I’d been wanting to try euclid on a Raspberry Pi recently, as I’d heard that while its CPU is 700MHz, its performance is somewhat like a Pentium 2 at 2-300Mhz. This means that the performance should be only 3x that of a machine which could run Duke Nukem 3D (its manual says it requires a 486 DX2/66 processor - 66Mhz, although with a much less ‘smart’ design overall). Now, I’ve no doubt that Ken Silverman is a much better programmer than I am, and of course, lua slows things down, but I thought that this sounded like plenty of overhead for the engine to run.
How wrong I was
Porting the game to work on linux again turned out to be relatively straight forward, although I had to rely on the linux packages for SDL2 and SDL2_image. That’s probably for the best though. After a few other tweaks I got it running, but not responding to input. However… the framerate was not so good. About 1-2 frames per second. Worse still, my lua profiler told me that the Render function was taking 0.05 seconds, meaning at best it would go up to 20 frames per second, or so I thought.
At the urging of several acquaintences, I figured I’d give luaJIT a go. It advertises 3-15x performance improvements, so it couldn’t hurt. luaJIT is based on lua 5.1. The actual language isn’t hugely different from 5.3, and most of the API changes are quite easy to deal with. Once integrated, luaJIT improved the framerate about two-fold. Not bad, but not good enough.
At this point I was ready to let the idea of running on Raspberry Pi go, but
I decided to profile it anyway to see if there were any useful patterns.
Just about everything was running almost exactly twice as fast. So much so
that an important detail almost didn’t notice - the
Render() function was
also twice as fast.
Nearly everything in the
Render() function is native code. So it shouldn’t
be affected by the change to luaJIT. At first I thought it might be to do
with my C++/lua integration being less efficient than I thought, but I
decided to check on the ‘nearly’ part of that statement.
It turns out inside the camera code there was a line of lua like this:
local sector, pos = entity.map:LineTrace( entity.sector, entity.position, entity.position + self:getViewOffset() )
getViewOffset() is to give the camera viewbob. Why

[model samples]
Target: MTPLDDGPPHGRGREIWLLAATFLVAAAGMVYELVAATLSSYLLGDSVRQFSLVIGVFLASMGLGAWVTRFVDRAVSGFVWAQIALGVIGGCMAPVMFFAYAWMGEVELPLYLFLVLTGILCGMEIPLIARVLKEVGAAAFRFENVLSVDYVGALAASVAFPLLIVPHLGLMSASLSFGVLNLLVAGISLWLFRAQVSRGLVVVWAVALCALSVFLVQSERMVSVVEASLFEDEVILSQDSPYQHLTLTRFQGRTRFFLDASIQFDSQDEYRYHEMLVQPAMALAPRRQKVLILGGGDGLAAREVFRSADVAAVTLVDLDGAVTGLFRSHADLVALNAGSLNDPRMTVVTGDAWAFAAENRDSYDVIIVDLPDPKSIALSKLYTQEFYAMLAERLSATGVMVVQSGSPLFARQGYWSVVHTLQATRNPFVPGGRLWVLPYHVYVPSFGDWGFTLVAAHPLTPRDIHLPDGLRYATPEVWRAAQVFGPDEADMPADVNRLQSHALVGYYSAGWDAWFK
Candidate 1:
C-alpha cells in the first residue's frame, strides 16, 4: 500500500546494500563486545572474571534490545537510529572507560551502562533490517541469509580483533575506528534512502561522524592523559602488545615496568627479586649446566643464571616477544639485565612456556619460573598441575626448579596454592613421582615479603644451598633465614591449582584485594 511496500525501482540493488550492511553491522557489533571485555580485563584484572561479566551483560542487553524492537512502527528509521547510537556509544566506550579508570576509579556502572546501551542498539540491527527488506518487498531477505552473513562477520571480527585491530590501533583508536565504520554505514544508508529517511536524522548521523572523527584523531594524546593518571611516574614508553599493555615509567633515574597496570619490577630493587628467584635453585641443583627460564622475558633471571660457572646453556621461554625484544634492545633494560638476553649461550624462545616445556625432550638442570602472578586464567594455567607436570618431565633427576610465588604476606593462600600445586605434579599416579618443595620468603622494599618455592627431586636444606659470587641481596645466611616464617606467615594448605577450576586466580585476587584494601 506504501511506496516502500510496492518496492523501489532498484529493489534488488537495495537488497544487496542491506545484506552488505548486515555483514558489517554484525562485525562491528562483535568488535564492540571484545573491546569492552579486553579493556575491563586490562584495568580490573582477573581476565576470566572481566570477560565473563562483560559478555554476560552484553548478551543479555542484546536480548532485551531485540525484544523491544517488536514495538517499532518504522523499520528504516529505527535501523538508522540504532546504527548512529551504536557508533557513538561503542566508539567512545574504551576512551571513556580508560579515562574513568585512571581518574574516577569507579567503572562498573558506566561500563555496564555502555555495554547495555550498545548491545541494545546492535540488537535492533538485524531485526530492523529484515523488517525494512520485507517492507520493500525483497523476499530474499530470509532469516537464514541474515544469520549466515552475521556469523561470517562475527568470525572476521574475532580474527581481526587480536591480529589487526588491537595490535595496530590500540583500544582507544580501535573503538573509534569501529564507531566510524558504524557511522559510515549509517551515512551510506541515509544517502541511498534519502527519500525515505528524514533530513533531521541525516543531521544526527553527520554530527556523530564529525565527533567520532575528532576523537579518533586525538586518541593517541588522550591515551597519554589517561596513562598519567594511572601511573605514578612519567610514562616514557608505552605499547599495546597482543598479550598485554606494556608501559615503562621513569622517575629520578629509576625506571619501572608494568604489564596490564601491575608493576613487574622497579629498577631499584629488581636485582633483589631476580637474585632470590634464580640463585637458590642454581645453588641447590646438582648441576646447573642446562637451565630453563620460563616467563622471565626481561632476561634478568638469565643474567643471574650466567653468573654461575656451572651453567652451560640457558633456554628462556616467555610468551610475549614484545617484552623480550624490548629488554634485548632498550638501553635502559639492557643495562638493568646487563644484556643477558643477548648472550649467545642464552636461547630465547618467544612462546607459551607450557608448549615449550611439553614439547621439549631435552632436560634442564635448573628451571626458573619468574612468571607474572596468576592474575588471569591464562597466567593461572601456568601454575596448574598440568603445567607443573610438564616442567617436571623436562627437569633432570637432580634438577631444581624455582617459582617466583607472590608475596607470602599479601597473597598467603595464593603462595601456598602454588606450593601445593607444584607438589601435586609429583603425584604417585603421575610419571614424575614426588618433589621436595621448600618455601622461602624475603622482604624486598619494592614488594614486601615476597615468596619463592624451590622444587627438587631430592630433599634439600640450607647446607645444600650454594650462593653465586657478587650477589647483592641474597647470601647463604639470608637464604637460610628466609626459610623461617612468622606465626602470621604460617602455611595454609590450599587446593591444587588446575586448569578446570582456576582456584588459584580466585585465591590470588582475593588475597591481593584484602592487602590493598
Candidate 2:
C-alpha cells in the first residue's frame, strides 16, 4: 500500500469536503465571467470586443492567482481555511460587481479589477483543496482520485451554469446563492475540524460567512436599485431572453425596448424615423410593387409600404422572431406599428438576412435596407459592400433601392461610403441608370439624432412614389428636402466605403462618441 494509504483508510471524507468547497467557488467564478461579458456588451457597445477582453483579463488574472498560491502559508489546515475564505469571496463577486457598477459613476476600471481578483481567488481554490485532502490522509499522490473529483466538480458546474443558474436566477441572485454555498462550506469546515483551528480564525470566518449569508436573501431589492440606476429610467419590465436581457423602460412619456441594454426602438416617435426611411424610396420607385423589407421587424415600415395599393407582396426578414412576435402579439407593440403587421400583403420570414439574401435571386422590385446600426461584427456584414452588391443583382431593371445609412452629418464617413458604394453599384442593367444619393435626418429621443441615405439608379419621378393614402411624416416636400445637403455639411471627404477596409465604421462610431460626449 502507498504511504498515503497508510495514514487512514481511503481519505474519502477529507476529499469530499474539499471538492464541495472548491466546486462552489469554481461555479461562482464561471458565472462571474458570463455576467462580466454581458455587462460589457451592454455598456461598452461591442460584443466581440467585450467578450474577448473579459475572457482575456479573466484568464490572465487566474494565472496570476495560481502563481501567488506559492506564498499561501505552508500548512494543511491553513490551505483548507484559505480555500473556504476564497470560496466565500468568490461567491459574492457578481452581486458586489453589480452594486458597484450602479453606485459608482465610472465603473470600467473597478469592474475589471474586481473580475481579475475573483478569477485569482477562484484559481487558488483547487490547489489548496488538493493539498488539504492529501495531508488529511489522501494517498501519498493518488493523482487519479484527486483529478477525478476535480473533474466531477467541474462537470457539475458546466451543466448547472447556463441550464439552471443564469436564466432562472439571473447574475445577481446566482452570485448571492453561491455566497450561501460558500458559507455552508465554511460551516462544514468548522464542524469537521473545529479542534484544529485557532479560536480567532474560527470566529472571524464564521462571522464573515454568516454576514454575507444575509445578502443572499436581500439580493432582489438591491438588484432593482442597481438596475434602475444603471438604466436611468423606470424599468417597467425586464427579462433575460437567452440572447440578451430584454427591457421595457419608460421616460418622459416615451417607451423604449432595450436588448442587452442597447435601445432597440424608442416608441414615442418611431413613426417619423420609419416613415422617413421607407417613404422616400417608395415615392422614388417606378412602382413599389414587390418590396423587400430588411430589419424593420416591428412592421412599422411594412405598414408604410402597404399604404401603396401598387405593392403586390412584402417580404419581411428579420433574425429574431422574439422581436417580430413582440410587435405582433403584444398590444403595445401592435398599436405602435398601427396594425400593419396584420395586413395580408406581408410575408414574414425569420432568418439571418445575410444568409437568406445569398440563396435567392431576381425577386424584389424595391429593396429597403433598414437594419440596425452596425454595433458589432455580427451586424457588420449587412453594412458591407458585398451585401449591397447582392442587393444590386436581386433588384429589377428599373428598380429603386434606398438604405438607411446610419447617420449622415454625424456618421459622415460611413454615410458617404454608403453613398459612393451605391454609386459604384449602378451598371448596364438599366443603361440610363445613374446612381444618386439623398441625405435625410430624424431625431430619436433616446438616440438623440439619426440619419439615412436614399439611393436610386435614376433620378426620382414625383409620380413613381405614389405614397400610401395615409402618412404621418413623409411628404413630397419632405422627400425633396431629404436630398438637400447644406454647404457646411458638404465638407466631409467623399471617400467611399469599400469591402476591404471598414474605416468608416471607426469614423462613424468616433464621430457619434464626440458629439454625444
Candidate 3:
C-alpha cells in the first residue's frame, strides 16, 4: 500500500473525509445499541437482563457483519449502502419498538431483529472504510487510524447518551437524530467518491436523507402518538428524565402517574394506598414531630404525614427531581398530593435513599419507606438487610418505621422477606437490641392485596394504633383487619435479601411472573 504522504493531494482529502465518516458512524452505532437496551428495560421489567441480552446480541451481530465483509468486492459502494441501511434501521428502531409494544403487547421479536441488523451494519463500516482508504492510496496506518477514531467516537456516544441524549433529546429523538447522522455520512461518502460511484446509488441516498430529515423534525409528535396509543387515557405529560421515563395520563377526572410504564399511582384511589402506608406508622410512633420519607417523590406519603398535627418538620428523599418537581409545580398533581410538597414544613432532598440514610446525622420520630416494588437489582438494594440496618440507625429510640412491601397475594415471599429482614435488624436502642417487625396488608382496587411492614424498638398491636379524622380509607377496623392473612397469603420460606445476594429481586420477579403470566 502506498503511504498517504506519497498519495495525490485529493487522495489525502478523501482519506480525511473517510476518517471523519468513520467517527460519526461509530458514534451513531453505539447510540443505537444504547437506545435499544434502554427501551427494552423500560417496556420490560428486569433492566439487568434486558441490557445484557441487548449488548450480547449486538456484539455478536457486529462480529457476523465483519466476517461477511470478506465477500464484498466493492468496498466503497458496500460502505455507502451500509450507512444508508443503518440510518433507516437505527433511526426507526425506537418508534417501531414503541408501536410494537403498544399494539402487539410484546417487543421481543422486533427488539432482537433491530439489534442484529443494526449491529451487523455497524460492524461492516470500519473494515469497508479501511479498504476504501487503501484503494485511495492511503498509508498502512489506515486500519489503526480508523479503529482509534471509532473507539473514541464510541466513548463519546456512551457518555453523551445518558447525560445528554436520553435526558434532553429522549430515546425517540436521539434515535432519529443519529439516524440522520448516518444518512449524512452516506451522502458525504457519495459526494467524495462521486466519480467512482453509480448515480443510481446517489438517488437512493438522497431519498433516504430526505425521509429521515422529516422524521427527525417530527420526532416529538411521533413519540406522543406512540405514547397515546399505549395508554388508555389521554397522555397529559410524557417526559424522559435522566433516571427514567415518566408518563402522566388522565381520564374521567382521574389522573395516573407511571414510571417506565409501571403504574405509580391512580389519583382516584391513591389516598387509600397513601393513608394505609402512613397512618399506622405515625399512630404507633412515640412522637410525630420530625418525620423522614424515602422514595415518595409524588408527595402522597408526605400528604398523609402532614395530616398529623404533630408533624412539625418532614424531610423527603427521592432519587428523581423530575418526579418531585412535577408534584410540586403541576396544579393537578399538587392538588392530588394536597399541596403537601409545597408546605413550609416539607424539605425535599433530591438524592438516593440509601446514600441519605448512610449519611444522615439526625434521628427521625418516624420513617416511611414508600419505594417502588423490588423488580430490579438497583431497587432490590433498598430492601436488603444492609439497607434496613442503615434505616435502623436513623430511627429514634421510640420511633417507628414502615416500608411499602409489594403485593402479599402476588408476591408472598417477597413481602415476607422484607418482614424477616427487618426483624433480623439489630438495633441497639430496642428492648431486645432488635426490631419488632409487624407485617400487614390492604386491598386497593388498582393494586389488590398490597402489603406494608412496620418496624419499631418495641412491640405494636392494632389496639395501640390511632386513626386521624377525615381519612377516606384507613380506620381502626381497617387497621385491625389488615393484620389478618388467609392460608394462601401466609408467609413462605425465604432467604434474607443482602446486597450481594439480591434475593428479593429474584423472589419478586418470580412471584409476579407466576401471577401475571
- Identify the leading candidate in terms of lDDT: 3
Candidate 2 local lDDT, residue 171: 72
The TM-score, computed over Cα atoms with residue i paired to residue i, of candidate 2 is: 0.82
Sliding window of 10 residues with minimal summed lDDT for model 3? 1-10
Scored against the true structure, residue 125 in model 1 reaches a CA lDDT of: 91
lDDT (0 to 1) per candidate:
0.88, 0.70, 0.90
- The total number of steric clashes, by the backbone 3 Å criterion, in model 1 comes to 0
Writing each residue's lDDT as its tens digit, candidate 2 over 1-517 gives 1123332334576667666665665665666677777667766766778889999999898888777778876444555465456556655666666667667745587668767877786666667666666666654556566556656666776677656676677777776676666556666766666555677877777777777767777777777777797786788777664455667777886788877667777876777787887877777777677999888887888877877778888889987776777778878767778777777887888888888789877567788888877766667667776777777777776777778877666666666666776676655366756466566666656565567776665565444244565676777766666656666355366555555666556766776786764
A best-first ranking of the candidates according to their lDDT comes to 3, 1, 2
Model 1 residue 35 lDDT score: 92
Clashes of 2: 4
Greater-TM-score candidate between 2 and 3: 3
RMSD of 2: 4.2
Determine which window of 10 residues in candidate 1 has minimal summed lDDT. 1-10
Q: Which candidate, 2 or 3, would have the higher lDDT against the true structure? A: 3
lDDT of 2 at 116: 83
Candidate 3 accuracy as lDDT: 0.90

because moving horizontally can put the position in a new sector, and
working out which is non-trivial, and very important for the renderer. I
removed this LineTrace, and the time for the Render call goes from 0.028
seconds (the luaJIT time) to 0.006 seconds. So that one line trace was
taking around 22 milliseconds to run. This needs to be called every time any
entity moves. So if there’s ten entities moving, plus the player, that’s 11
* 22ms or .242 seconds, just for Line Traces, per frame.
Of course (ok not of course), LineTrace was written in lua, when it should have been in native C++, so there’s a clear improvement to be had here.
A lot of this lua code was written because, with the live editing of lua, the iteration times were fast. Hence fixing bugs in lua code is fast compared to C++. However, code which is clearly expensive, and requires high performance needs to be moved to C++, even if, on my development PC it seems ‘fast enough’
The luaJIT documentation also indicates that it has some extensions which could be used to speed the code up even further, specifically tying in C-style structs and functions in a way that works nicely with the JIT compiler. Using this system might also allow for further optimisations.
If I had a way to hot-reload C++ code, it might have meant this code never entered lua, as I would have been able to iterate just as quickly in C++. Getting such a system working isn’t simple, but is definitely possible using dll files or shared libraries (on linux).
A change like this could be made superficially, partitioning the code into that which can hot-reload, and everything else. This wouldn’t be too difficult, but it also would only benefit those parts of the code that fell the right side of the line. To make substantial use of this feature, it would need to be worked into the engine in a more fundamental way.
It’s possible that with all of these changes the engine might work on the Raspberry Pi, with some strong restrictions on the number of entities and the complexity of maps. While it should be possible to do a lot more on the platform than this, I think that might have to be restricted to some later engine. By entirely targetting an engine development effort at the platform, and in all likely hood restricting it to mostly C or C++, more impressive work should be possible.